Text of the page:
A Step-by-Step Guide to Divorce: Health and Well-Being

 

Even for the party who initiates the split, a divorce usually places considerable strain on the person’s physical and mental health and well-being. Even the best divorce lawyers are not ideally equipped for helping their clients with some of the more unexpected challenges that divorce can bring. That said, most family law solicitors will have some good ideas about where someone who is struggling can seek help and advice.

Below are some of the most common health and well-being problems associated with divorce, and some ideas for overcoming them.

Depression

This can arise for all sorts of reasons at almost any stage of life. Although perhaps most frequently occurring for those on the receiving end of an unwanted divorce, often as a result of feeling unwanted, unloved or rejected, it can also cause problems for those pursuing a wanted divorce.

By its very nature, divorce changes lives. Not only are relationships broken, living arrangements are also altered, houses sold, finances divided and so on. Many of the emotions generated are entirely natural and will settle in time, or with the assistance and support of kind and sympathetic friends.

Sometimes, however, it may be necessary to seek a little extra help. This is when it may be worth paying a visit to your GP. Antidepressants are not always the inevitable outcome of such a visit, but neither should they be feared. Alternatively, cognitive behavioural therapy can assist some people, although this is not always available on the NHS in a timely fashion.

Stress

It is entirely to be expected that someone facing divorce will have concerns about the future. These can range from the specific (where will I live?) to the general (how will I cope alone?). Whatever the questions causing concern, the best way to keep them at bay is to find an effective coping strategy.

Different things work for different people. For some, walking the dog and enjoying a chat with fellow dog walkers can be enough to get them through the day, while for others it will be the day-to-day routine of familiar work or a lively evening out. Exercise can work miracles for many people, thanks to the mood-boosting endorphins that it delivers. And it doesn’t have to be jogging or lengths at the local pool: salsa dancing, an afternoon on a dry ski slope or striding the hills can be just as beneficial.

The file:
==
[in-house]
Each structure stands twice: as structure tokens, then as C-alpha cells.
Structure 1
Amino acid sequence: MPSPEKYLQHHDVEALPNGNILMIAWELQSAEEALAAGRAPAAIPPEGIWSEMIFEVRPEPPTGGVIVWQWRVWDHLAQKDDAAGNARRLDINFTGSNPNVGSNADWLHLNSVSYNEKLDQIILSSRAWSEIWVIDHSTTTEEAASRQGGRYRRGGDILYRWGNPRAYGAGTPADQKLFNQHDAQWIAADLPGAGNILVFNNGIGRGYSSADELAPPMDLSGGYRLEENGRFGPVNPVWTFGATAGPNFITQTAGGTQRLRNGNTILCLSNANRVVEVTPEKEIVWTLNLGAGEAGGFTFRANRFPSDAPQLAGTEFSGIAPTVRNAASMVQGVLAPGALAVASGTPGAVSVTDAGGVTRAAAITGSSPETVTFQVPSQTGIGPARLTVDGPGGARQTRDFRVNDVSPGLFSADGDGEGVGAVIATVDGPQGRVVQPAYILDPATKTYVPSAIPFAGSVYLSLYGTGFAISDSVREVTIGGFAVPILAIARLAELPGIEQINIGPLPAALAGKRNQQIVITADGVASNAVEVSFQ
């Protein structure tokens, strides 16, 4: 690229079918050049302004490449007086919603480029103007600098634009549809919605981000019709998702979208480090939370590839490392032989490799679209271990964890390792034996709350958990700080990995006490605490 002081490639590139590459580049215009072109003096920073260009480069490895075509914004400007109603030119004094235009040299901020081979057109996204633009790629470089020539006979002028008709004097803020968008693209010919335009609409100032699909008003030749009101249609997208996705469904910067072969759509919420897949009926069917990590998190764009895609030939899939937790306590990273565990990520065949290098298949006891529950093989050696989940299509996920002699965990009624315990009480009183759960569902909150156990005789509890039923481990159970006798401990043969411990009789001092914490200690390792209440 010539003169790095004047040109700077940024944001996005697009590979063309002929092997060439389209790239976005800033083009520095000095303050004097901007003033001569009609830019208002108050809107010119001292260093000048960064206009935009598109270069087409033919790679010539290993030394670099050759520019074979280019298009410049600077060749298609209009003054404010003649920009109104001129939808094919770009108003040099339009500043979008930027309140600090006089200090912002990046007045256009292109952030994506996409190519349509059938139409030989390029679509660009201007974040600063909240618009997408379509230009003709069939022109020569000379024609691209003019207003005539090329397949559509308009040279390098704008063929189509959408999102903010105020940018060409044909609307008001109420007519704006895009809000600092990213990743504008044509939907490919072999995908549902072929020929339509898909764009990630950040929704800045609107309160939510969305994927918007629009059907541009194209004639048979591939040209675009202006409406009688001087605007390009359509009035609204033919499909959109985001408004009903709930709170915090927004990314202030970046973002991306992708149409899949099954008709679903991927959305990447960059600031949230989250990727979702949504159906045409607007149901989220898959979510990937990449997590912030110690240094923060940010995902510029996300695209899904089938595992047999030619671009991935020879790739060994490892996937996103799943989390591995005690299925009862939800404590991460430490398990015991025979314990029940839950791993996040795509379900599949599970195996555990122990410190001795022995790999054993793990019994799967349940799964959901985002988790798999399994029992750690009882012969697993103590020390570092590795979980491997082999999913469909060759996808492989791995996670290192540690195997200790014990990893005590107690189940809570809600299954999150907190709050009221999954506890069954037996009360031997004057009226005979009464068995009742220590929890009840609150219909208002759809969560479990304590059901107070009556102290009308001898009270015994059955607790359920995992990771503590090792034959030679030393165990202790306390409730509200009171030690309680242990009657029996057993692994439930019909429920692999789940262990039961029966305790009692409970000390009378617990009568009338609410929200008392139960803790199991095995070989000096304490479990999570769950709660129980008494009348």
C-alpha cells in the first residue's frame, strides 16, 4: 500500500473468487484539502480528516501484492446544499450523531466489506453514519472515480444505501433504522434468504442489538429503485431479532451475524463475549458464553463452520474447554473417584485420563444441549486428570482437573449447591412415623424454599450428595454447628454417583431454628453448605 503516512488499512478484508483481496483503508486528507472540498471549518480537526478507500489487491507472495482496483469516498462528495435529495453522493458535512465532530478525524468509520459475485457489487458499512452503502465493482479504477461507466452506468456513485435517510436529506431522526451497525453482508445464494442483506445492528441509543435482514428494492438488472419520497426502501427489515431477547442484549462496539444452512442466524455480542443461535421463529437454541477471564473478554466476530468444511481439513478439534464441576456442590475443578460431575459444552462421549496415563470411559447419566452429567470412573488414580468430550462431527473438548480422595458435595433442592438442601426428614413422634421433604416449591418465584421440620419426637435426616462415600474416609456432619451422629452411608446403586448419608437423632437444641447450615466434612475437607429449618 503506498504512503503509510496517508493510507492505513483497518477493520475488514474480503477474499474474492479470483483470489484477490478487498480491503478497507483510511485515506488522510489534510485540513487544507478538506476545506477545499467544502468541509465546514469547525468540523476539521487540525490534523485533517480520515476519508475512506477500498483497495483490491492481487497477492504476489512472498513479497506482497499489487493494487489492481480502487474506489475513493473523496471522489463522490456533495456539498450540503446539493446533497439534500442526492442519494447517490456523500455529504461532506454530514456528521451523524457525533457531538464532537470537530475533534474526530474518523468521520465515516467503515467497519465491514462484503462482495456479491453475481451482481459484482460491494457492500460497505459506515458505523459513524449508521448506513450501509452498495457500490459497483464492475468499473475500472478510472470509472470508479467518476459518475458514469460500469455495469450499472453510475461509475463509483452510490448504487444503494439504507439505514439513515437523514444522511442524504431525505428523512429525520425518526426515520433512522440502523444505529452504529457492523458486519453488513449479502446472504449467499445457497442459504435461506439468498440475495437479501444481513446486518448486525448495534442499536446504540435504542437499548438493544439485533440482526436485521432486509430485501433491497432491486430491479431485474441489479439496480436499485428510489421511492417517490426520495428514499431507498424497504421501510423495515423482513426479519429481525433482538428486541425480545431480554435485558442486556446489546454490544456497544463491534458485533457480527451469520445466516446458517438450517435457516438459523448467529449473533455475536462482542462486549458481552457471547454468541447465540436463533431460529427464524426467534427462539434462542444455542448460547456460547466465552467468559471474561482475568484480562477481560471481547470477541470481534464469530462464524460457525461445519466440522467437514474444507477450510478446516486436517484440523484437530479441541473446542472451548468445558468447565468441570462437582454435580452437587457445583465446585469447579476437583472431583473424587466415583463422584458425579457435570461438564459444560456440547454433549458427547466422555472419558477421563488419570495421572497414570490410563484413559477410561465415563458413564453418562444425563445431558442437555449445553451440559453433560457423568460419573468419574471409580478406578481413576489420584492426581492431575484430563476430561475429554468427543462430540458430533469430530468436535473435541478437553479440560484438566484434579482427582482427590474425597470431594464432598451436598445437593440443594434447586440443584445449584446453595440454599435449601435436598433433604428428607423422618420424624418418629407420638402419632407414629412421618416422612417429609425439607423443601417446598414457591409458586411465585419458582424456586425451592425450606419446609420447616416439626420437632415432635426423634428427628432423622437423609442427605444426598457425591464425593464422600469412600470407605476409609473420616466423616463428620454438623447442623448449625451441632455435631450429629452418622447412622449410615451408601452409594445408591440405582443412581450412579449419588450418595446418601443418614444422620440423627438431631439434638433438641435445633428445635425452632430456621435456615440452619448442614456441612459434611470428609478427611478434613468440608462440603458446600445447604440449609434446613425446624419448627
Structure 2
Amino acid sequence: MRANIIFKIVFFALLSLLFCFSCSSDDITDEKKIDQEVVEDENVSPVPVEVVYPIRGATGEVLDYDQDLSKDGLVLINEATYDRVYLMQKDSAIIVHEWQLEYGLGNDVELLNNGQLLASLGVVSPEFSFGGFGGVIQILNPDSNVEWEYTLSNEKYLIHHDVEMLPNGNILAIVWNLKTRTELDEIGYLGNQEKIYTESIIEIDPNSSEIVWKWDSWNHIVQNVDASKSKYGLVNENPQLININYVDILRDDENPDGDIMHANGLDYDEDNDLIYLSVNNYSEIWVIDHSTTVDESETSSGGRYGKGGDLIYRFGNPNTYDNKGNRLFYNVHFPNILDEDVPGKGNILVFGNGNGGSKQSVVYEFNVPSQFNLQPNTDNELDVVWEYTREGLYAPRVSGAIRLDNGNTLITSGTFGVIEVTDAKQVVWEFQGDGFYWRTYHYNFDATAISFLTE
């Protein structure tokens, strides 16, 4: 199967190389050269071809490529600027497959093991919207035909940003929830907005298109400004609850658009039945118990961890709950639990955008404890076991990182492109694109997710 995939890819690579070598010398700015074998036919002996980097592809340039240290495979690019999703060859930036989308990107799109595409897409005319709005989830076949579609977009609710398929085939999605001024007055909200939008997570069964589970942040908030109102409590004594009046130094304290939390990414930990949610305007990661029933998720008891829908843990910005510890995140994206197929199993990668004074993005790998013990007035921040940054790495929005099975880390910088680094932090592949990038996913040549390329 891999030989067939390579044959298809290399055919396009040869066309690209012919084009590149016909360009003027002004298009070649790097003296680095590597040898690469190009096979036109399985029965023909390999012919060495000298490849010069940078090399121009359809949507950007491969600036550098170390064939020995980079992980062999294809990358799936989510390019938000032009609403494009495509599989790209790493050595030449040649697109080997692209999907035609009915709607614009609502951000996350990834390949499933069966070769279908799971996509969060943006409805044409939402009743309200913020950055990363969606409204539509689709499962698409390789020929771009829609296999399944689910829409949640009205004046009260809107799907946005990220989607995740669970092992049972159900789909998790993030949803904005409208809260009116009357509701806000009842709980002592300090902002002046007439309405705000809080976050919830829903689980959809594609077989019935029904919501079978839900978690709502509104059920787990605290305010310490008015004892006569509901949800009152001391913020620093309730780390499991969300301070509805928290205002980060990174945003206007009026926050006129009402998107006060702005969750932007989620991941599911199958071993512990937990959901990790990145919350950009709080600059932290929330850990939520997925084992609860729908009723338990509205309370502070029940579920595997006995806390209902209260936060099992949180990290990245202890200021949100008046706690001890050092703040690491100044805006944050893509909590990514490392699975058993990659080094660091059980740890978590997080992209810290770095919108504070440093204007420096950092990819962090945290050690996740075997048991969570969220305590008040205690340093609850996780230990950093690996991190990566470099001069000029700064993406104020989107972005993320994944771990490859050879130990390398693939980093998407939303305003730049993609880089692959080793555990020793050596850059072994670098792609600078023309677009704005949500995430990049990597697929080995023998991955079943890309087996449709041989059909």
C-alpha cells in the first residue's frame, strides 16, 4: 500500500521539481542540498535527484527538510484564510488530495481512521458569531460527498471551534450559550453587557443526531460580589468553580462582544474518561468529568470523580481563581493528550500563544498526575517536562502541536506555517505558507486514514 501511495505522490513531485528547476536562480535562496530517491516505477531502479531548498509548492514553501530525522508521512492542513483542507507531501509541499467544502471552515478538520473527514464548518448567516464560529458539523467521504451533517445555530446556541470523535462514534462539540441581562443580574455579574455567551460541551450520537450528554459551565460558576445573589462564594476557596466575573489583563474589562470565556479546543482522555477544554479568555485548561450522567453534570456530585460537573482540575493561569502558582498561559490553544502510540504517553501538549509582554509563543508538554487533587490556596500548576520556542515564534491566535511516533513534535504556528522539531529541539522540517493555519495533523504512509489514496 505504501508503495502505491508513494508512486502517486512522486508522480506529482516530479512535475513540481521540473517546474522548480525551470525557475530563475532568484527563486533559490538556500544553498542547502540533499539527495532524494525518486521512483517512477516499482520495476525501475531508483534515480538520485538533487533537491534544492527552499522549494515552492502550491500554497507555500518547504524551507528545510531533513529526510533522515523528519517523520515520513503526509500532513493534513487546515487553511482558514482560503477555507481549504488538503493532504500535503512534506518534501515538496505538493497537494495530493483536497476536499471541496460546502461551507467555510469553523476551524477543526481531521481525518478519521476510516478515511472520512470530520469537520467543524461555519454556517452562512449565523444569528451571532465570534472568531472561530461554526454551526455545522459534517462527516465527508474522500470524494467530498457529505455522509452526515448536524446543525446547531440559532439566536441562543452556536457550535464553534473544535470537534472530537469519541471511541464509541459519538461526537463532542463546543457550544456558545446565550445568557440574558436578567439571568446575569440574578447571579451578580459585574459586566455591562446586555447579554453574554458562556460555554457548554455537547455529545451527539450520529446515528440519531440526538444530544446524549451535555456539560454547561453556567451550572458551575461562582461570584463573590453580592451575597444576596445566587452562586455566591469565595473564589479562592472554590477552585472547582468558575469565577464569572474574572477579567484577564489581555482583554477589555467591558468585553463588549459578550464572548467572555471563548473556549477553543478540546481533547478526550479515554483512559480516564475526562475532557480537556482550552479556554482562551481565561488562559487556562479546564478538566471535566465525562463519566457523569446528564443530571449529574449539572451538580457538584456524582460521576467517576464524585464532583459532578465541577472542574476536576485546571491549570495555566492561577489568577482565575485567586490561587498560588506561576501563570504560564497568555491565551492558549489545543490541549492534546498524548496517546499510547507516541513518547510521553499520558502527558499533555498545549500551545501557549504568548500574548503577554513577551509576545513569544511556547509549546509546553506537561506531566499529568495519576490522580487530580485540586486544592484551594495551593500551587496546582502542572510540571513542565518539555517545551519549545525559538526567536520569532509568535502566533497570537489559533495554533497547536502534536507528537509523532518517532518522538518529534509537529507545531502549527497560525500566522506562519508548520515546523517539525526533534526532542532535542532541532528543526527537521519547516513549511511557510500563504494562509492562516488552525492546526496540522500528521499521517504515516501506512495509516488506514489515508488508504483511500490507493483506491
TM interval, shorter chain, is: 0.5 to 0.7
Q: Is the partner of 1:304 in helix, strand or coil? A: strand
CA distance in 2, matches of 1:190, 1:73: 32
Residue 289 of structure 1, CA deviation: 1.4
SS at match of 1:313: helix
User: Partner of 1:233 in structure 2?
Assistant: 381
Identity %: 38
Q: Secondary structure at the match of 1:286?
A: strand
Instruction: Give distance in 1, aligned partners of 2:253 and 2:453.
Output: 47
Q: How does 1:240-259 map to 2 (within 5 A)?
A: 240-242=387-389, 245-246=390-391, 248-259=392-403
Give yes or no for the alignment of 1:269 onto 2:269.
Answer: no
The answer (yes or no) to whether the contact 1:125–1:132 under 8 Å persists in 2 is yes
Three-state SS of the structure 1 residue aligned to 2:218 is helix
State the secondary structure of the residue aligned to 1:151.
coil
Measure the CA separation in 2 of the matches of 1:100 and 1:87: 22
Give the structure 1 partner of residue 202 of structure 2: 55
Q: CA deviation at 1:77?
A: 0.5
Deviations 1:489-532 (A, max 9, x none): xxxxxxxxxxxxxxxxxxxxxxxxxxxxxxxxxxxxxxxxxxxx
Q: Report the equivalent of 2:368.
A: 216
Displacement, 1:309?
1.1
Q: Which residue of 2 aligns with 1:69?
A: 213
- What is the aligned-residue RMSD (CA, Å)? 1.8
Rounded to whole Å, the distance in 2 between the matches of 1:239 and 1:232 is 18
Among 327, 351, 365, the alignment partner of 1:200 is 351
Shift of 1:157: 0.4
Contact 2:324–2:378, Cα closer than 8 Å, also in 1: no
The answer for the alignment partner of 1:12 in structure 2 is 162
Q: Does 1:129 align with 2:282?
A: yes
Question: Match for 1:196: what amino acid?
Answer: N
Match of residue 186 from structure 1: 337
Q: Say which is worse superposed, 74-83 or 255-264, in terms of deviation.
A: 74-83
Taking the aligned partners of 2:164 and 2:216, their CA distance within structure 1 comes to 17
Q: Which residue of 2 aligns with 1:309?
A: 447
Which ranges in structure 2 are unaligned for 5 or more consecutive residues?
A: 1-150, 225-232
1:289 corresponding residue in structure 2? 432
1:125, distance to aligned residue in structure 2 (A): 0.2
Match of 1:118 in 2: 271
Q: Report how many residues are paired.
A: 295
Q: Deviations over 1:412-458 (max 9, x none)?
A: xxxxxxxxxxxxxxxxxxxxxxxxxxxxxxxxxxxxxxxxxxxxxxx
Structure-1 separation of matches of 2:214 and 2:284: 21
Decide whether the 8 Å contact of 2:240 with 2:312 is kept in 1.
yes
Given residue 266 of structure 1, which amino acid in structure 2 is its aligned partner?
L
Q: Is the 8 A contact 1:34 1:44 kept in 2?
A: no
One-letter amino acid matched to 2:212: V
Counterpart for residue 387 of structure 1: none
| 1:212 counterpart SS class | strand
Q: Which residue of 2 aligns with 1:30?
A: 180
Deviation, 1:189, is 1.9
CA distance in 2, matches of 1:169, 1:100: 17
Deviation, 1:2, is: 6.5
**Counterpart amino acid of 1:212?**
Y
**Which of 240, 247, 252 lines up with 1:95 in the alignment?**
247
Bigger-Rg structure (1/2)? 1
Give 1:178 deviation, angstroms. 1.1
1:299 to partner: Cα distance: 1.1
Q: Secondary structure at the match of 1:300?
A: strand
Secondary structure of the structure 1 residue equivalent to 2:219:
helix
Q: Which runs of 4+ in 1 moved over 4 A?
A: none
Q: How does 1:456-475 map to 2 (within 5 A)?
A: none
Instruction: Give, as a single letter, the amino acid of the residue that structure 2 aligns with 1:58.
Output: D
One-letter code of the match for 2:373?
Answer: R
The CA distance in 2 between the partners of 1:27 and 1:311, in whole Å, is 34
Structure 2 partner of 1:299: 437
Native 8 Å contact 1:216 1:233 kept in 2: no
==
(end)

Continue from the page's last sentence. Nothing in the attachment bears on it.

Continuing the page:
Sleep Problems

Money worries and concerns over children or future housing are just some of the specific concerns that can adversely affect sleep during the divorce process. Even someone getting help with these issues from divorce solicitors may find that they are not sleeping as well as usual.

Firstly, a good bedtime routine can help. This means going to bed and getting up at the same time and ensuring that the room is neither too hot nor too cold and is free of electronic distractions. A warm, milky drink and a hot bath before bedtime could also improve sleep, as can reducing overall alcohol and caffeine consumption.

Some people swear by lavender on their pillow or using a herbal remedy, such as valerian. Others wind down with a book; this tends to work best if it’s not a gripping page-turner that is difficult to put down. If these traditional remedies do not have the desired effect, it may be worth visiting your GP. Sleeping tablets are often seen as a last resort but, with proper guidance, they can be a useful temporary measure to get your sleep back on track.

Eating Problems

It is common for eating patterns to alter during times of emotional stress. Some people overeat, seeking the comfort of large portions, frequent snacks or high-calorie treats. For others, eating becomes a chore. They may stop cooking or planning balanced meals, or they may eat irregularly. Neither scenario is wise from a health perspective. Equally, unless it is affecting someone with specific health problems, such as diabetes, neither is likely to do much harm in the short term. However, it is important that normal eating patterns are resumed as soon as possible. This may be easier if there is someone else, perhaps a child, to cook for. Someone living alone may benefit from getting together with friends for the occasional meal.

Alcohol

The problems associated with excessive alcohol consumption are well documented. However, even those who are well aware of the recommended maximum weekly intake and who do not normally binge drink may find themselves using alcohol as a crutch to get through difficult times.

The occasional drink, particularly when enjoyed in the company of friends, is unlikely to pose a problem even to someone struggling with their divorce. However, drinking regularly, and perhaps heavily, while alone can indicate a potential problem. There is help available for anyone with an alcohol problem, and GPs, and sometimes even women’s and men’s divorce lawyers, can signpost the way to that help, but it is far better to recognise the danger signs and to nip the problem drinking in the bud.

Concerns About Children

Many divorcing parents worry about how the split will affect their children. Initially, concerns about where the children will live and how they may feel if they have to move houses or schools may take precedence.

However, some children manifest emotional distress in very physical ways. These can include bed-wetting, eating problems, temper tantrums and poor behaviour at home or school. These can be distressing for all concerned but are usually relatively short-lived, provided that the child receives appropriate parental love and attention. It is also important to keep schools up to date on how events are affecting a young person in their charge.